Oxygen and strontium isotopes from fossil shark teeth: environmental and ecological implications for Late Palaeozoic European basins.

Journal article


Publication Details

Author(s): Fischer J, Schneider JW, Voigt S, Joachimski M, Tichomirowa M, Tuetken T, Goetze J, Berner U
Journal: Chemical Geology
Publisher: Elsevier
Publication year: 2013
Volume: 342
Pages range: 44-62
ISSN: 0009-2541


Abstract


Fossil shark remains occur in both marine and nonmarine Late Palaeozoic deposits, therefore their palaeoecology is controversial. The oxygen and strontium isotopic composition of biogenic fluorapatite in 179 teeth, scales and spines predominantly of hybodontid (Lissodus) and xenacanthiform (Orthacanthus, Xenacanthus, Bohemiacanthus, Triodus) sharks from various Late Carboniferous (Moscovian) to Early Permian (Artinskian) basins of Europe are used as ecological tracers to decipher diadromous or obligate freshwater lifestyle of the investigated taxa. The δ18OP values of the different shark teeth range from 11.7 to 20.2‰ within the different basins with mean values of 16.9±0.5‰ for the Bohemian Massif, 16.2±0.8‰ for eastern Germany, 18.2±1.0‰ for southwestern Germany, 18.5±0.7‰ for southern-central Spain, 17.6±0.4‰ for Sardinia, and 16.6±0.5‰ VSMOW for the French Massif Central. The tooth δ18OP values from the basins are mostly depleted by 1-5‰ relative to those of shark teeth from contemporaneous marine settings. Oxygen isotope signatures of co-occurring taxa do not show systematic differences excluding habitat effects for different shark groups. However, distinctly higher δ18OP values from Puertollano and Saar-Nahe can be attributed to significant evaporative enrichment in 18O of the ambient water in the ancient lacustrine environments due to a warm and dry climate and sufficient residence time in the basins. The strontium isotopic composition of the teeth varies between 0.70824 and 0.71216 with a mean value of 0.71031. These 87Sr/86Sr ratios are always more radiogenic in comparison to the 87Sr/86Sr record of seawater of their stratigraphic age. Overall, the investigated tooth samples yield low δ18OP and high 87Sr/86Sr values deviating from bioapatite values expected for contemporaneous marine vertebrates and typical for freshwater settings. This indicates a fully freshwater adapted lifestyle for a variety of fossil shark taxa in Late Palaeozoic European basins. © 2013 Elsevier B.V.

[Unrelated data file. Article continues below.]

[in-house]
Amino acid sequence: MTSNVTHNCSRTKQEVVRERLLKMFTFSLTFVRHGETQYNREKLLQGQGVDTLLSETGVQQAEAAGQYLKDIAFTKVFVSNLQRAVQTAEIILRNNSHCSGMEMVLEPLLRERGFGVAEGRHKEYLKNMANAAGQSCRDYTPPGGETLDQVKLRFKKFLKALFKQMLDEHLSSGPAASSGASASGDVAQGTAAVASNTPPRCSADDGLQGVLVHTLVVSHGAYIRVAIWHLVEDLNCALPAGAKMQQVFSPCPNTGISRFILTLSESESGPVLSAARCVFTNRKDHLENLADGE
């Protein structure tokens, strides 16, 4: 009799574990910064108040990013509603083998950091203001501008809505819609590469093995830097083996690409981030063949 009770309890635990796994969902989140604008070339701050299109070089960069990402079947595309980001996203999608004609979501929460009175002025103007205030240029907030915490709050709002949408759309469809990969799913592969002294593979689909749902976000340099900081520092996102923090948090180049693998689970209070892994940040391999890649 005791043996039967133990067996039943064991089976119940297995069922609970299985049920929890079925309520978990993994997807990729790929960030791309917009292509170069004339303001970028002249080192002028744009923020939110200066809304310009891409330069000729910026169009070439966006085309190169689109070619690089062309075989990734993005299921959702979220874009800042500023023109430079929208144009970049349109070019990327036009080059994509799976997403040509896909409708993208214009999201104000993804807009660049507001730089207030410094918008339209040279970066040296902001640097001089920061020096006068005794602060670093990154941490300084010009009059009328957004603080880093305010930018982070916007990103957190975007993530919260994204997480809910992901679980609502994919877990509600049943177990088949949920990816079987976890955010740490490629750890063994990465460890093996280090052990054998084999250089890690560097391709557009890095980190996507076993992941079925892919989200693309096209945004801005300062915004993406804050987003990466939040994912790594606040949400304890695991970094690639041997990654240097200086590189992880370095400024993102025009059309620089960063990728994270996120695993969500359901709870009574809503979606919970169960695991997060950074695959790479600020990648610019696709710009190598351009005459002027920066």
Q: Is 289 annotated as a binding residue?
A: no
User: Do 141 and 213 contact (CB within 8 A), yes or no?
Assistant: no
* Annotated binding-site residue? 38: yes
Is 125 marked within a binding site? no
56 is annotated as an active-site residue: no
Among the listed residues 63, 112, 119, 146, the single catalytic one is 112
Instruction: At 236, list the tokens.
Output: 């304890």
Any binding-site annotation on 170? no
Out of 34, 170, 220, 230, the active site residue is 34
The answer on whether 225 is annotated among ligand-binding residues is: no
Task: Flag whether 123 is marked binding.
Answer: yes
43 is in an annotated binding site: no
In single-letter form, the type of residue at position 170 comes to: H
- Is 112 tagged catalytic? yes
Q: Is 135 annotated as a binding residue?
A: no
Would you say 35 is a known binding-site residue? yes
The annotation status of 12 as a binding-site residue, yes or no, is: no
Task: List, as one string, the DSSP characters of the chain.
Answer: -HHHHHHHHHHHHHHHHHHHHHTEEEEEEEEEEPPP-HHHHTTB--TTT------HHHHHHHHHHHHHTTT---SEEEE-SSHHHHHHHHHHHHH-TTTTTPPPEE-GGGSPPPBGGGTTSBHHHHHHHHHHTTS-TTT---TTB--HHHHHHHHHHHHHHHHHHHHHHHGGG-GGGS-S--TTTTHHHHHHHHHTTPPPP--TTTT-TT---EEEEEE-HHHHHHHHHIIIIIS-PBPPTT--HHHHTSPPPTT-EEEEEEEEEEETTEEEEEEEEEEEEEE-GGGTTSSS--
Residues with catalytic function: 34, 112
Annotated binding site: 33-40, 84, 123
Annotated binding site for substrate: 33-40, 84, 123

FAU Authors / FAU Editors

Joachimski, Michael Prof. Dr.
Lehrstuhl für Geologie (Exogene Dynamik)


External institutions
Bundesanstalt für Geowissenschaften und Rohstoffe (BGR)
Goethe-Universität Frankfurt am Main
Rheinische Friedrich-Wilhelms-Universität Bonn
Technische Universität Bergakademie Freiberg


How to cite

APA:
Fischer, J., Schneider, J.W., Voigt, S., Joachimski, M., Tichomirowa, M., Tuetken, T.,... Berner, U. (2013). Oxygen and strontium isotopes from fossil shark teeth: environmental and ecological implications for Late Palaeozoic European basins. Chemical Geology, 342, 44-62. https://dx.doi.org/10.1016/j.chemgeo.2013.01.022

MLA:
Fischer, Jan, et al. "Oxygen and strontium isotopes from fossil shark teeth: environmental and ecological implications for Late Palaeozoic European basins." Chemical Geology 342 (2013): 44-62.

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Last updated on 2018-09-08 at 16:38